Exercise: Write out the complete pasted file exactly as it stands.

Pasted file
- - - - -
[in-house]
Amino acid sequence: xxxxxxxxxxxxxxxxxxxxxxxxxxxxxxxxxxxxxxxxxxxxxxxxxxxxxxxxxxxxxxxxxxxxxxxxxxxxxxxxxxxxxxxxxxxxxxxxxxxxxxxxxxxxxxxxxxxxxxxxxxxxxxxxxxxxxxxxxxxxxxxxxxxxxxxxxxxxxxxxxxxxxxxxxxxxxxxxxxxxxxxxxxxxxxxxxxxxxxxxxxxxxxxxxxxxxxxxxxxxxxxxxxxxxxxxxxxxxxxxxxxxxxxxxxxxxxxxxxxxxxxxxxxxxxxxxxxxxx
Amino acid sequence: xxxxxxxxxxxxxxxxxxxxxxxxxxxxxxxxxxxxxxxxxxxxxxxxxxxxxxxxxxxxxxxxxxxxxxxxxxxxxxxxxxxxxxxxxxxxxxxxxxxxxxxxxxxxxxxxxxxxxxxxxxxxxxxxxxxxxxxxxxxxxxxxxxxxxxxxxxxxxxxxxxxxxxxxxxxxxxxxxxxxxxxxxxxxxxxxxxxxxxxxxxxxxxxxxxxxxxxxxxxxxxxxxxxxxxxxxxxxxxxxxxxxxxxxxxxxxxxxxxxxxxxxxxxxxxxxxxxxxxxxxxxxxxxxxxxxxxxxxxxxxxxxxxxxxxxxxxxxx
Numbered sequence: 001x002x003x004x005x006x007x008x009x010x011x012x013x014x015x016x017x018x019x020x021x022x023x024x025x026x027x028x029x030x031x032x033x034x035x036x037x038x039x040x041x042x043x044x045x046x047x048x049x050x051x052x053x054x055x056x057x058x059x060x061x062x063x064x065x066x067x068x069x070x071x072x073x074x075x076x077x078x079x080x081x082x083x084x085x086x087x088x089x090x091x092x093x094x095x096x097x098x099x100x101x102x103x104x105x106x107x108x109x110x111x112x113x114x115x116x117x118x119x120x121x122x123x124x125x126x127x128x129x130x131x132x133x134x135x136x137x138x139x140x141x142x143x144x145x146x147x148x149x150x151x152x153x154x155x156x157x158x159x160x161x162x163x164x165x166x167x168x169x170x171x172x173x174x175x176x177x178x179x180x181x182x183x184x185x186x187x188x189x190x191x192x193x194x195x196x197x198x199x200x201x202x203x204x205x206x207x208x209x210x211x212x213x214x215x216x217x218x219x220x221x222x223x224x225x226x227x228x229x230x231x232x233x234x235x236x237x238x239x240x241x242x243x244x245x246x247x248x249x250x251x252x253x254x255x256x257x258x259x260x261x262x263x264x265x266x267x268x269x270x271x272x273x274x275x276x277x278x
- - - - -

[in-house]
Amino acid sequence: xxxxxxxxxxxxxxxxxxxxxxxxxxxxxxxxxxxxxxxxxxxxxxxxxxxxxxxxxxxxxxxxxxxxxxxxxxxxxxxxxxxxxxxxxxxxxxxxxxxxxxxxxxxxxxxxxxxxxxxxxxxxxxxxxxxxxxxxxxxxxxxxxxxxxxxxxxxxxxxxxxxxxxxxxxxxxxxxxxxxxxxxxxxxxxxxxxxxxxxxxxxxxxxxxxxxxxxxxxxxxxxxxxxxxxxxxxxxxxxxxxxxxxxxxxxxxxxxxxxxxxxxxxxxxxxxxxxxxx
Amino acid sequence: xxxxxxxxxxxxxxxxxxxxxxxxxxxxxxxxxxxxxxxxxxxxxxxxxxxxxxxxxxxxxxxxxxxxxxxxxxxxxxxxxxxxxxxxxxxxxxxxxxxxxxxxxxxxxxxxxxxxxxxxxxxxxxxxxxxxxxxxxxxxxxxxxxxxxxxxxxxxxxxxxxxxxxxxxxxxxxxxxxxxxxxxxxxxxxxxxxxxxxxxxxxxxxxxxxxxxxxxxxxxxxxxxxxxxxxxxxxxxxxxxxxxxxxxxxxxxxxxxxxxxxxxxxxxxxxxxxxxxxxxxxxxxxxxxxxxxxxxxxxxxxxxxxxxxxxxxxxxx
Numbered sequence: 001x002x003x004x005x006x007x008x009x010x011x012x013x014x015x016x017x018x019x020x021x022x023x024x025x026x027x028x029x030x031x032x033x034x035x036x037x038x039x040x041x042x043x044x045x046x047x048x049x050x051x052x053x054x055x056x057x058x059x060x061x062x063x064x065x066x067x068x069x070x071x072x073x074x075x076x077x078x079x080x081x082x083x084x085x086x087x088x089x090x091x092x093x094x095x096x097x098x099x100x101x102x103x104x105x106x107x108x109x110x111x112x113x114x115x116x117x118x119x120x121x122x123x124x125x126x127x128x129x130x131x132x133x134x135x136x137x138x139x140x141x142x143x144x145x146x147x148x149x150x151x152x153x154x155x156x157x158x159x160x161x162x163x164x165x166x167x168x169x170x171x172x173x174x175x176x177x178x179x180x181x182x183x184x185x186x187x188x189x190x191x192x193x194x195x196x197x198x199x200x201x202x203x204x205x206x207x208x209x210x211x212x213x214x215x216x217x218x219x220x221x222x223x224x225x226x227x228x229x230x231x232x233x234x235x236x237x238x239x240x241x242x243x244x245x246x247x248x249x250x251x252x253x254x255x256x257x258x259x260x261x262x263x264x265x266x267x268x269x270x271x272x273x274x275x276x277x278x